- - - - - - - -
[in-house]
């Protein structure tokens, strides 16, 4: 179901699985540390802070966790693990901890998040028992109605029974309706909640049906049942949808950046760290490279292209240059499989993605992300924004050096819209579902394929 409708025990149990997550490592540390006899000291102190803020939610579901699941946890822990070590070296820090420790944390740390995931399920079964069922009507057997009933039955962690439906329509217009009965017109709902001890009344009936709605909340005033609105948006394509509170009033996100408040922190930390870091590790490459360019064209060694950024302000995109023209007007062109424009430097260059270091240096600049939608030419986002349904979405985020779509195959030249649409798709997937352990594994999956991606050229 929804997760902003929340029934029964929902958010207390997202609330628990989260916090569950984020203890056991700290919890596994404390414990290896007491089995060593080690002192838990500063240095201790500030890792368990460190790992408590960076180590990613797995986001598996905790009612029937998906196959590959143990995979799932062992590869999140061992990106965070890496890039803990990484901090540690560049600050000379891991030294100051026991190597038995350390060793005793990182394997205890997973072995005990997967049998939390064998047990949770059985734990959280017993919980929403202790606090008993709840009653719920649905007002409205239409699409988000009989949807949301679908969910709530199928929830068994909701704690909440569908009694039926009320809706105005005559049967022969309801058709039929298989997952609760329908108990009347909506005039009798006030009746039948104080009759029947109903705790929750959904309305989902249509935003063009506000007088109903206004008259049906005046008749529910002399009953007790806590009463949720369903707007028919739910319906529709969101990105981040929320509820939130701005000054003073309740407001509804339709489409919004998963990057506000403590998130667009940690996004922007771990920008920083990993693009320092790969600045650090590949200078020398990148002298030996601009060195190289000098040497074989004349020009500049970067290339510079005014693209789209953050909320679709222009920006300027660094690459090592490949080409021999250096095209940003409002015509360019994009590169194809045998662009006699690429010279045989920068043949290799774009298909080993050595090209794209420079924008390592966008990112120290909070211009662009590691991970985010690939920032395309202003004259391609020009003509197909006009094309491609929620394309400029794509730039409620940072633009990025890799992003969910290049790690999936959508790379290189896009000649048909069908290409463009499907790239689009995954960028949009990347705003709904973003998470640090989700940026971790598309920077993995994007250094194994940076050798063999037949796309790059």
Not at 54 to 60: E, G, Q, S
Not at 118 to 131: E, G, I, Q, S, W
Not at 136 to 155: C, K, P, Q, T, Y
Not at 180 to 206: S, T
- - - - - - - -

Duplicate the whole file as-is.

[in-house]
């Protein structure tokens, strides 16, 4: 179901699985540390802070966790693990901890998040028992109605029974309706909640049906049942949808950046760290490279292209240059499989993605992300924004050096819209579902394929 409708025990149990997550490592540390006899000291102190803020939610579901699941946890822990070590070296820090420790944390740390995931399920079964069922009507057997009933039955962690439906329509217009009965017109709902001890009344009936709605909340005033609105948006394509509170009033996100408040922190930390870091590790490459360019064209060694950024302000995109023209007007062109424009430097260059270091240096600049939608030419986002349904979405985020779509195959030249649409798709997937352990594994999956991606050229 929804997760902003929340029934029964929902958010207390997202609330628990989260916090569950984020203890056991700290919890596994404390414990290896007491089995060593080690002192838990500063240095201790500030890792368990460190790992408590960076180590990613797995986001598996905790009612029937998906196959590959143990995979799932062992590869999140061992990106965070890496890039803990990484901090540690560049600050000379891991030294100051026991190597038995350390060793005793990182394997205890997973072995005990997967049998939390064998047990949770059985734990959280017993919980929403202790606090008993709840009653719920649905007002409205239409699409988000009989949807949301679908969910709530199928929830068994909701704690909440569908009694039926009320809706105005005559049967022969309801058709039929298989997952609760329908108990009347909506005039009798006030009746039948104080009759029947109903705790929750959904309305989902249509935003063009506000007088109903206004008259049906005046008749529910002399009953007790806590009463949720369903707007028919739910319906529709969101990105981040929320509820939130701005000054003073309740407001509804339709489409919004998963990057506000403590998130667009940690996004922007771990920008920083990993693009320092790969600045650090590949200078020398990148002298030996601009060195190289000098040497074989004349020009500049970067290339510079005014693209789209953050909320679709222009920006300027660094690459090592490949080409021999250096095209940003409002015509360019994009590169194809045998662009006699690429010279045989920068043949290799774009298909080993050595090209794209420079924008390592966008990112120290909070211009662009590691991970985010690939920032395309202003004259391609020009003509197909006009094309491609929620394309400029794509730039409620940072633009990025890799992003969910290049790690999936959508790379290189896009000649048909069908290409463009499907790239689009995954960028949009990347705003709904973003998470640090989700940026971790598309920077993995994007250094194994940076050798063999037949796309790059």
Not at 54 to 60: E, G, Q, S
Not at 118 to 131: E, G, I, Q, S, W
Not at 136 to 155: C, K, P, Q, T, Y
Not at 180 to 206: S, T